The due diligence performed by state-owned investor Temasek Holdings and the losses suffered by FTX investors led to a serious parliamentary investigation for Singaporean Prime Minister Lee Hsien Loong and Deputy Prime Minister Lawrence Wong.
The opposition Workers’ Party is said to have filed more than a dozen inquiries regarding Temasek’s investment, casting doubt on the city-state of Singapore’s ability to track losses incurred by retail investors reliably and the city-position state’s on cryptocurrency investments in general. Additionally, concerns were raised about the steps taken or the due research done before investing in platforms like FTX.
Leong Mun Wai, a representative of the opposition Progress Singapore Party, has also requested information about how the Ministry of Finance intends to explore adding further rules to the investment mandate of Singapore’s sovereign funds. The most recent development comes after Temasek stated that it wrote down its entire stake in the defunct cryptocurrency exchange, “irrespective of the outcome” of its bankruptcy protection application. Temasek made that statement more than a week ago.
According to reports, Temasek, a company owned by the Singaporean government, invested $210 million in FTX International, giving it a 1% minority share. Another $65 million was invested for a 1.5% minority ownership in the cryptocurrency exchange’s US subsidiary over two investment rounds from October 2021 to January 2022. The overall cost of its investment was 0.09 percent of its $293 billion net portfolio value.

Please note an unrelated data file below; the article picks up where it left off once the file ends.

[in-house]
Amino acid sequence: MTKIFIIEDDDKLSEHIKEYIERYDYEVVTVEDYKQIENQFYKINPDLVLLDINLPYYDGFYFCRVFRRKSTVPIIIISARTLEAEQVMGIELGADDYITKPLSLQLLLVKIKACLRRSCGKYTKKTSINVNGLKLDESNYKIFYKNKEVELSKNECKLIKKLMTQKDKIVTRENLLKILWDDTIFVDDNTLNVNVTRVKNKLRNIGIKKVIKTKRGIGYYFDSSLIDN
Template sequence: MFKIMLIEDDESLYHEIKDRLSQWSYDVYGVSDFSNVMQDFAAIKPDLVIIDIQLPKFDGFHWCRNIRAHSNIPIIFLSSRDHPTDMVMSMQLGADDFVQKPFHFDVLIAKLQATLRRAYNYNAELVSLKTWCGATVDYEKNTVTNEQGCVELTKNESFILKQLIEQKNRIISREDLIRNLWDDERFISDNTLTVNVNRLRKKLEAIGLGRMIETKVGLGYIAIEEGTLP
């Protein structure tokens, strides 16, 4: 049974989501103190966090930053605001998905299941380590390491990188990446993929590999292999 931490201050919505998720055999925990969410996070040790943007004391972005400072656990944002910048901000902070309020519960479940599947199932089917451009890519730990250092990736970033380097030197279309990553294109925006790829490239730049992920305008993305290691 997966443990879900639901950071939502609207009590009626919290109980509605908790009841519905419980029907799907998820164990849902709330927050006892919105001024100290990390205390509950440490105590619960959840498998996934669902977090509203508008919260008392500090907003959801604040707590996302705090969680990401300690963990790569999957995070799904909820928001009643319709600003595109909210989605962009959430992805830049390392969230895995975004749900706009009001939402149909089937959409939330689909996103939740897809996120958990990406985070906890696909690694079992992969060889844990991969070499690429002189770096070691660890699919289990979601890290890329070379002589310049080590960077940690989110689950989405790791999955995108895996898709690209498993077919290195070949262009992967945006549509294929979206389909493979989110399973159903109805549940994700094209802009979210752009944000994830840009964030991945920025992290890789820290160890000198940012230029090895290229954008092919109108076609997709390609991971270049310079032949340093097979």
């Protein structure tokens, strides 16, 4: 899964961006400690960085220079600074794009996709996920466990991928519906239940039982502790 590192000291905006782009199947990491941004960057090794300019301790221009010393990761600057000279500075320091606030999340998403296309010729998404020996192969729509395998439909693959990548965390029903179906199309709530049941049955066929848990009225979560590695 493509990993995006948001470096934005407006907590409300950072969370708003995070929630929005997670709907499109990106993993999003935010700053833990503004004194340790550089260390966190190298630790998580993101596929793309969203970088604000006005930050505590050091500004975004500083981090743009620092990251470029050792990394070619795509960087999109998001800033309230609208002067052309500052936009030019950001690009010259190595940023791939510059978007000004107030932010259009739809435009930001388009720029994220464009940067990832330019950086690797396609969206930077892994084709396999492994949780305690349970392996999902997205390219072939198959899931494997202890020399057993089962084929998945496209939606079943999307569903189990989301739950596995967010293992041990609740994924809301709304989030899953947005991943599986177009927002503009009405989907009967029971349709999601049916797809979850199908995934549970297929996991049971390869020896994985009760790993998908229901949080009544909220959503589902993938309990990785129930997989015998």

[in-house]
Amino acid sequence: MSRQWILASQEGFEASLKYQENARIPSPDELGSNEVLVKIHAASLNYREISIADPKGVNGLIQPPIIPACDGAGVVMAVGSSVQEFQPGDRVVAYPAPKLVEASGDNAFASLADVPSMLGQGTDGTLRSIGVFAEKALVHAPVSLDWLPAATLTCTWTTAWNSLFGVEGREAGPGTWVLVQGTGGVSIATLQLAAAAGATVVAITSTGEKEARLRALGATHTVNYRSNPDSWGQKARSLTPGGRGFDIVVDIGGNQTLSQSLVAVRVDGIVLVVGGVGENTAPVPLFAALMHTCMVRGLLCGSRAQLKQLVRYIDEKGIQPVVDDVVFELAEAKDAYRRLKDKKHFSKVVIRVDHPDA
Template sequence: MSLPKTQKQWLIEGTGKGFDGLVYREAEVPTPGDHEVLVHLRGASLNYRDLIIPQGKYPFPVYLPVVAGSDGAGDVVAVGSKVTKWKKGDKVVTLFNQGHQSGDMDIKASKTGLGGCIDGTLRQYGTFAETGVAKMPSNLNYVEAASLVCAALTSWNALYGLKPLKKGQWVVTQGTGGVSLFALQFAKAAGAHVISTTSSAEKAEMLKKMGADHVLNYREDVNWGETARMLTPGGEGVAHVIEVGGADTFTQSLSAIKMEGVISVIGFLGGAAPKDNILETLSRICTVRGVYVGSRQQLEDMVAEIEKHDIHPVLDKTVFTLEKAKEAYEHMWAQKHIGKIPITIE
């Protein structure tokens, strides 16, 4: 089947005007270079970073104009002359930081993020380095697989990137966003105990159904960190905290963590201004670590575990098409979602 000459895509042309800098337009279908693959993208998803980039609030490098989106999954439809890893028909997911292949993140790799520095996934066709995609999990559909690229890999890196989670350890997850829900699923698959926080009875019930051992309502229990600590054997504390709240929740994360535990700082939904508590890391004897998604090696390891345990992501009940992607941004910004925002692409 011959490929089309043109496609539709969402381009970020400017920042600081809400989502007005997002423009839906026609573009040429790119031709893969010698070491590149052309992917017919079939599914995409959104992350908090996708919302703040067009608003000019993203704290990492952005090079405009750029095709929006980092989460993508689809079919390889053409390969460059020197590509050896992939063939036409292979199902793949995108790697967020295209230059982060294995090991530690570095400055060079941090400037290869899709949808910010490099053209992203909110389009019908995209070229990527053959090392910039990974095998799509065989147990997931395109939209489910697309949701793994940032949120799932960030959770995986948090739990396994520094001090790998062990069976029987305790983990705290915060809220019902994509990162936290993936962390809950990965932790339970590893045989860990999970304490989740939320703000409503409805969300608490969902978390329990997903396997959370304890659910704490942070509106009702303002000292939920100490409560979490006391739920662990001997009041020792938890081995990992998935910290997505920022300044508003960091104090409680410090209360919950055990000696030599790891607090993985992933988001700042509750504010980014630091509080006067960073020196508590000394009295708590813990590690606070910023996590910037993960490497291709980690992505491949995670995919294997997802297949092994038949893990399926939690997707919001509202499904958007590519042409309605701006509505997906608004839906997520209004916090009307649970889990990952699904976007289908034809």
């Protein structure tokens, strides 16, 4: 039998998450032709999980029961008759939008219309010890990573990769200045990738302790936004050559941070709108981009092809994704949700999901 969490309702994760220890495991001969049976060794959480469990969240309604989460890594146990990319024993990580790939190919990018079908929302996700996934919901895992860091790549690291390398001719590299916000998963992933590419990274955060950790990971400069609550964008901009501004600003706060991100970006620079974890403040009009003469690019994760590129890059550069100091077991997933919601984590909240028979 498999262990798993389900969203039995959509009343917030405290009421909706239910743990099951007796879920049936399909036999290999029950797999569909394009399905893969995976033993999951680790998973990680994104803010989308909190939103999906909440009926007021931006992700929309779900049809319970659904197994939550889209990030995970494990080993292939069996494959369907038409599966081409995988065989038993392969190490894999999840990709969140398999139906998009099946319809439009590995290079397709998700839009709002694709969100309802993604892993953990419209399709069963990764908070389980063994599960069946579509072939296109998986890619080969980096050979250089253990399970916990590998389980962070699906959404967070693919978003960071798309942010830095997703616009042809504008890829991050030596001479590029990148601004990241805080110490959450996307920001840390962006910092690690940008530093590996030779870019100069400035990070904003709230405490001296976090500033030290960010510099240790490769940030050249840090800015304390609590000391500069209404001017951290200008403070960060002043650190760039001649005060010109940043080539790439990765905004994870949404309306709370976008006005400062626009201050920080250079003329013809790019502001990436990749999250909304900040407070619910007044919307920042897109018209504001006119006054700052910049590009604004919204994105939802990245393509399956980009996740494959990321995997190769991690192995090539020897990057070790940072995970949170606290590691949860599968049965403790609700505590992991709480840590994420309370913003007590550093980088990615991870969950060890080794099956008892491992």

The company has previously stated that their due diligence procedure for FTX took around eight months, from February to October 2021, and involved thoroughly examining the exchange’s audited financial statement, demonstrating its profitability. Temasek was granted “appropriate confirmations that were contractually binding” after examining the connection, treatment advantage, and split between contentious trading business Alameda and FTX. However, Temasek declared after the collapse:
“It is apparent from this investment that perhaps our belief in the actions, judgment, and leadership of Sam Bankman-Fried, formed from our interactions with him and views expressed in our discussions with others, would appear to have been misplaced.”
Ho Ching, Temasek’s previous chief executive, defended the company’s investing approach by noting that some of the company’s major investments were made “by being a contrarian.” She admitted that the pain was felt by the Singapore state investment corporation, which had to write off its entire stake. She continued by saying that failing to monitor a firm that may turn out to be poorly run would be like losing face.
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